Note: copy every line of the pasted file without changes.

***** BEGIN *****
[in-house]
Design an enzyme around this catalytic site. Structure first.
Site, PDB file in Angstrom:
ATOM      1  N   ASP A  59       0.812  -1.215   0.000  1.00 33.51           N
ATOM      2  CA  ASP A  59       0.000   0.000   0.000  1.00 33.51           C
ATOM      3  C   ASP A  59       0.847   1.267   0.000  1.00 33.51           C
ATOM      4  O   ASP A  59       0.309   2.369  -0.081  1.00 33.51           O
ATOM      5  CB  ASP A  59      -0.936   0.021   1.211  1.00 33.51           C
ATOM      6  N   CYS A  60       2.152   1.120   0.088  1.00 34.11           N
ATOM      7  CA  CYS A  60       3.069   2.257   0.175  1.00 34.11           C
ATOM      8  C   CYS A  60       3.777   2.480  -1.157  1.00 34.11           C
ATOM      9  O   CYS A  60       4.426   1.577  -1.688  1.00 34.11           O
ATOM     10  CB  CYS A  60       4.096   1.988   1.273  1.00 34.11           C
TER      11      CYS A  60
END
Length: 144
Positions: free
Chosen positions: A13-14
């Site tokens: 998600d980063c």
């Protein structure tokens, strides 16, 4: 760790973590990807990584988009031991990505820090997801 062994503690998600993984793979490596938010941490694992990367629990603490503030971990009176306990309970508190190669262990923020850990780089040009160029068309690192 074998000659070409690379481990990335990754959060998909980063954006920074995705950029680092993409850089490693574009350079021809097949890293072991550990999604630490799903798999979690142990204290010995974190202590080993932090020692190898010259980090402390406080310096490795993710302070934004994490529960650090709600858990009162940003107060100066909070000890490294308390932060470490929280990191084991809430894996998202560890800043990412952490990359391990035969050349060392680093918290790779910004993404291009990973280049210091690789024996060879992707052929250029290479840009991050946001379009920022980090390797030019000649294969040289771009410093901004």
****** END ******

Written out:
[in-house]
Design an enzyme around this catalytic site. Structure first.
Site, PDB file in Angstrom:
ATOM      1  N   ASP A  59       0.812  -1.215   0.000  1.00 33.51           N
ATOM      2  CA  ASP A  59       0.000   0.000   0.000  1.00 33.51           C
ATOM      3  C   ASP A  59       0.847   1.267   0.000  1.00 33.51           C
ATOM      4  O   ASP A  59       0.309   2.369  -0.081  1.00 33.51           O
ATOM      5  CB  ASP A  59      -0.936   0.021   1.211  1.00 33.51           C
ATOM      6  N   CYS A  60       2.152   1.120   0.088  1.00 34.11           N
ATOM      7  CA  CYS A  60       3.069   2.257   0.175  1.00 34.11           C
ATOM      8  C   CYS A  60       3.777   2.480  -1.157  1.00 34.11           C
ATOM      9  O   CYS A  60       4.426   1.577  -1.688  1.00 34.11           O
ATOM     10  CB  CYS A  60       4.096   1.988   1.273  1.00 34.11           C
TER      11      CYS A  60
END
Length: 144
Positions: free
Chosen positions: A13-14
């Site tokens: 998600d980063c």
């Protein structure tokens, strides 16, 4: 760790973590990807990584988009031991990505820090997801 062994503690998600993984793979490596938010941490694992990367629990603490503030971990009176306990309970508190190669262990923020850990780089040009160029068309690192 074998000659070409690379481990990335990754959060998909980063954006920074995705950029680092993409850089490693574009350079021809097949890293072991550990999604630490799903798999979690142990204290010995974190202590080993932090020692190898010259980090402390406080310096490795993710302070934004994490529960650090709600858990009162940003107060100066909070000890490294308390932060470490929280990191084991809430894996998202560890800043990412952490990359391990035969050349060392680093918290790779910004993404291009990973280049210091690789024996060879992707052929250029290479840009991050946001379009920022980090390797030019000649294969040289771009410093901004």